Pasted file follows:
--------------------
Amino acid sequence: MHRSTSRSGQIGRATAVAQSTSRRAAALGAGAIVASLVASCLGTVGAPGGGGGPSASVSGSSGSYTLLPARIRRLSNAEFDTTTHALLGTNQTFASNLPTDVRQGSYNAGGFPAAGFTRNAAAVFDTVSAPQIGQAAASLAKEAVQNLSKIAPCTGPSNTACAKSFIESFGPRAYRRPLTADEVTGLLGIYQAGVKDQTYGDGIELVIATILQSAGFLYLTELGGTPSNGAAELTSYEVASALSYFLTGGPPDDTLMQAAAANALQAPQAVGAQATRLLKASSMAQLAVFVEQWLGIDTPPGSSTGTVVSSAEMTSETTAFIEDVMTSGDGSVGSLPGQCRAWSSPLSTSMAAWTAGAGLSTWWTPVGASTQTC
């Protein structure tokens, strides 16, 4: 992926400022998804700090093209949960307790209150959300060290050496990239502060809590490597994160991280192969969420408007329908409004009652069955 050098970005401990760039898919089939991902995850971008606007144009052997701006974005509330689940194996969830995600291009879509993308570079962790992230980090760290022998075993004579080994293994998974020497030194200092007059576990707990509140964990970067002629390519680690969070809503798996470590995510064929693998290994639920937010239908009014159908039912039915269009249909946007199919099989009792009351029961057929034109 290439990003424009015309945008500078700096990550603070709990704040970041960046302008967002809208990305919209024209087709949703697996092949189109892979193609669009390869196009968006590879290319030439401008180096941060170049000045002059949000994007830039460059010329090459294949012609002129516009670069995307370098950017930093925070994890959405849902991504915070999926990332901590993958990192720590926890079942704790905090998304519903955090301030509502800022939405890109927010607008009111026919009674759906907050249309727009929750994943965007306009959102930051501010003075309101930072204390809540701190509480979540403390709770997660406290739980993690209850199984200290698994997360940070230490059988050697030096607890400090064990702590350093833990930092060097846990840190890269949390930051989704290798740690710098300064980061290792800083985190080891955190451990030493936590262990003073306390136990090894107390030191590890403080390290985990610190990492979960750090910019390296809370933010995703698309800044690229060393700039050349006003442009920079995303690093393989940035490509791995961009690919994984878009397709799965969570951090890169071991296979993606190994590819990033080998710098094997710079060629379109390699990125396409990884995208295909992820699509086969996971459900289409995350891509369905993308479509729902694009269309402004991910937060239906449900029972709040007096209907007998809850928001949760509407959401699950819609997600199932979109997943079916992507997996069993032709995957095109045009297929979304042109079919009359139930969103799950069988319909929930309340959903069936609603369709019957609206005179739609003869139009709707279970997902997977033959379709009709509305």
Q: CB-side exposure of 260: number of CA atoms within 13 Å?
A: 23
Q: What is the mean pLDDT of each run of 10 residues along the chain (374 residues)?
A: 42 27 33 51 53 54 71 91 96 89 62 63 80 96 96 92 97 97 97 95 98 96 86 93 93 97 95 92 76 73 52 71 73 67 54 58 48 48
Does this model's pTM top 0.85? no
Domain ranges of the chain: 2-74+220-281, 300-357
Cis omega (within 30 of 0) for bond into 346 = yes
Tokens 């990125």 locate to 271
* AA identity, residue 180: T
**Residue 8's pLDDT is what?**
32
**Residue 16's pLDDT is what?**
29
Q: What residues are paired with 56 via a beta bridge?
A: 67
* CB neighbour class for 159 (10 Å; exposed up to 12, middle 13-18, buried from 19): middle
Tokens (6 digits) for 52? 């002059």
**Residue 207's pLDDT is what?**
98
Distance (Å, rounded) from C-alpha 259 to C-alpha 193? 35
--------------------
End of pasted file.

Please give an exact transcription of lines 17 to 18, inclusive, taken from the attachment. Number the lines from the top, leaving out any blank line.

A: 67
* CB neighbour class for 159 (10 Å; exposed up to 12, middle 13-18, buried from 19): middle